The right combination – treatment outcomes among HIV-positive patients initiating first-line fixed-dose antiretroviral therapy in a public sector HIV clinic in Johannesburg, South Africa
Received 10 July 2017
Accepted for publication 8 September 2017
Published 18 December 2017 Volume 2018:10 Pages 17—29
Checked for plagiarism Yes
Review by Single-blind
Peer reviewer comments 2
Editor who approved publication: Professor Henrik Toft Sørensen
Kamban Hirasen,1 Denise Evans,1 Mhairi Maskew,1 Ian M Sanne,1–3 Kate Shearer,1 Caroline Govathson,1 Given Malete,1 Sheryl A Kluberg,4 Matthew P Fox1,4,5
1Health Economics and Epidemiology Research Office, Department of Internal Medicine, School of Clinical Medicine, Faculty of Health Sciences, University of the Witwatersrand, Johannesburg, South Africa; 2Right to Care, Johannesburg, South Africa; 3Clinical HIV Research Unit, Department of Internal Medicine, School of Clinical Medicine, Faculty of Health Sciences, University of the Witwatersrand, Johannesburg, South Africa; 4Department of Global Health, Boston University School of Public Health, Boston, MA, USA; 5Department of Epidemiology, Boston University School of Public Health, Boston, MA, USA
Background: Long-term antiretroviral therapy (ART) adherence is critical for achieving optimal HIV treatment outcomes. Fixed-dose combination (FDC) single-pill regimens, introduced in South Africa in April 2013, has simplified pill taking. We evaluated treatment outcomes among patients initiated on a FDC compared to a similar multi-pill ART regimen in Johannesburg, South Africa.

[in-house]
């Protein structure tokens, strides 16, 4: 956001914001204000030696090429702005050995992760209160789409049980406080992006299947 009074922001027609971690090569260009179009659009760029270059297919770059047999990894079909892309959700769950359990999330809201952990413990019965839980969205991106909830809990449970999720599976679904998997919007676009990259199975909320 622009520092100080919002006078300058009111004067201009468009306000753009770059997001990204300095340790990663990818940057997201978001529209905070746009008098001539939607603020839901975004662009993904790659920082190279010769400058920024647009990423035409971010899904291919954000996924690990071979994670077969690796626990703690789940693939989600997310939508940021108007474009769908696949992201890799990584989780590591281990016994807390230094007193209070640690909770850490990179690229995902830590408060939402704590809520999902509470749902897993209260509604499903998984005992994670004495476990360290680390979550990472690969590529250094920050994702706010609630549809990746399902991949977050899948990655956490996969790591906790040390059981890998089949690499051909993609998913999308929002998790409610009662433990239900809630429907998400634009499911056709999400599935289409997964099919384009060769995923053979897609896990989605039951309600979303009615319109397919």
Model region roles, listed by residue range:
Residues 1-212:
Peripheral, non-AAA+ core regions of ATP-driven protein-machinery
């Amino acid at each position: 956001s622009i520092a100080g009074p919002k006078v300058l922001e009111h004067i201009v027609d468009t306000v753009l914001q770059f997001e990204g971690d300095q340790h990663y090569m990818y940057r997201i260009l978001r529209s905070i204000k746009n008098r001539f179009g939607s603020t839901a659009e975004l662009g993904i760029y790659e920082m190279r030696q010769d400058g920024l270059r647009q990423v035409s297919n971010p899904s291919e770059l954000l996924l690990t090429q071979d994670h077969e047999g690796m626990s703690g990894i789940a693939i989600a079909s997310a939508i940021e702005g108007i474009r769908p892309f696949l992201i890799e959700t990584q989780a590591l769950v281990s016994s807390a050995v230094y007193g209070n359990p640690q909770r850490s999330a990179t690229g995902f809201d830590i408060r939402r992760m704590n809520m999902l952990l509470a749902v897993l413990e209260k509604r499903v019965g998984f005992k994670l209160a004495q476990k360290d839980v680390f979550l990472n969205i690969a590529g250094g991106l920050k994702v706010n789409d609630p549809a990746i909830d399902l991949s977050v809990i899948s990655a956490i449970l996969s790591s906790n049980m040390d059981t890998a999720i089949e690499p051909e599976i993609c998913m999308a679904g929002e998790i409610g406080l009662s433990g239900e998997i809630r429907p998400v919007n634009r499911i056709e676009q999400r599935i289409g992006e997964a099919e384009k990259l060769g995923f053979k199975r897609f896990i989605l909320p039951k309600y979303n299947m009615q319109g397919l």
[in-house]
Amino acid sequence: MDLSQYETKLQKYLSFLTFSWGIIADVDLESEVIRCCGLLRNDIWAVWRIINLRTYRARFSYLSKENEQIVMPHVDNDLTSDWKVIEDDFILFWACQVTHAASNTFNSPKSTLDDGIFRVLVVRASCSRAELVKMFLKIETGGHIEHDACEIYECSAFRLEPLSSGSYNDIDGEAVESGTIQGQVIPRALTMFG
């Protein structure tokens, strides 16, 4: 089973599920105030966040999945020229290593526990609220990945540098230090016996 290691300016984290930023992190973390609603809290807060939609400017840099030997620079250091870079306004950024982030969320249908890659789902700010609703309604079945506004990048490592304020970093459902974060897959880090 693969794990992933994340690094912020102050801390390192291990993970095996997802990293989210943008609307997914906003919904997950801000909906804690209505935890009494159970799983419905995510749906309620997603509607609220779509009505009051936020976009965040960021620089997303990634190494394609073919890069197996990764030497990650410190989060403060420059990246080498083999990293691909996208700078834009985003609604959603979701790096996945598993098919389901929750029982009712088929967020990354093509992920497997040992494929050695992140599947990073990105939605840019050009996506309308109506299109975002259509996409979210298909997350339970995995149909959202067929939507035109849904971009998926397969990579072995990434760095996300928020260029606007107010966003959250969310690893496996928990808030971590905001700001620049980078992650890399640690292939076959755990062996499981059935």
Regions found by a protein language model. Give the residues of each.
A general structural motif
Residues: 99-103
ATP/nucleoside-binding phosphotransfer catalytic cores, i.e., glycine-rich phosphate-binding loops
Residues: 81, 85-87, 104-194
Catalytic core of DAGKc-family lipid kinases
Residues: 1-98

Methods: We conducted a retrospective cohort study of ART-naïve HIV-positive non-pregnant adult (≥18 years) patients without tuberculosis who initiated first-line ART on tenofovir and emtricitabine or lamivudine with efavirenz at Themba Lethu Clinic in Johannesburg, South Africa. We compared those initiated on a multi-pill ART regimen (3–5 pills/day; September 1, 2011–August 31, 2012) to those initiated on a FDC ART regimen (one pill/day; September 1, 2013–August 31, 2014). Treatment outcomes included attrition (combination of lost to follow-up and mortality), missed medical visits, and virologic suppression (viral load <400 copies/mL) by 12 months post-ART initiation. Cox proportional hazards models and Poisson regression were used to estimate the association between FDCs vs multiple pills and treatment outcomes.
Results: We included 3151 patients in our analysis; 2230 (70.8%) patients initiated multi-pill ART and 921 (29.2%) patients initiated on a FDC. By 12 months post-initiation, attrition (adjusted hazard ratio: 0.98; 95% CI: 0.77–1.24) was similar across regimen types (FDC vs multi-pill). Although not significant, patients on a FDC were marginally more likely to achieve viral suppression by 6 (adjusted relative rate [aRR]: 1.10; 95% CI: 0.99–1.23) and 12 months (aRR: 1.12; 95% CI: 0.92–1.36) on ART. Patients initiated on a FDC were significantly less likely to miss medical visits during the first 12 months of treatment (aRR: 0.66; 95% CI: 0.52–0.83).
Conclusion: Our results suggest FDCs may have a role to play in supporting patient adherence and medical monitoring through improved medical visit attendance. This may potentially improve treatment outcomes later on in treatment.
Keywords: antiretroviral therapy, fixed-dose combination, attrition, virologic suppression, adherence, South Africa
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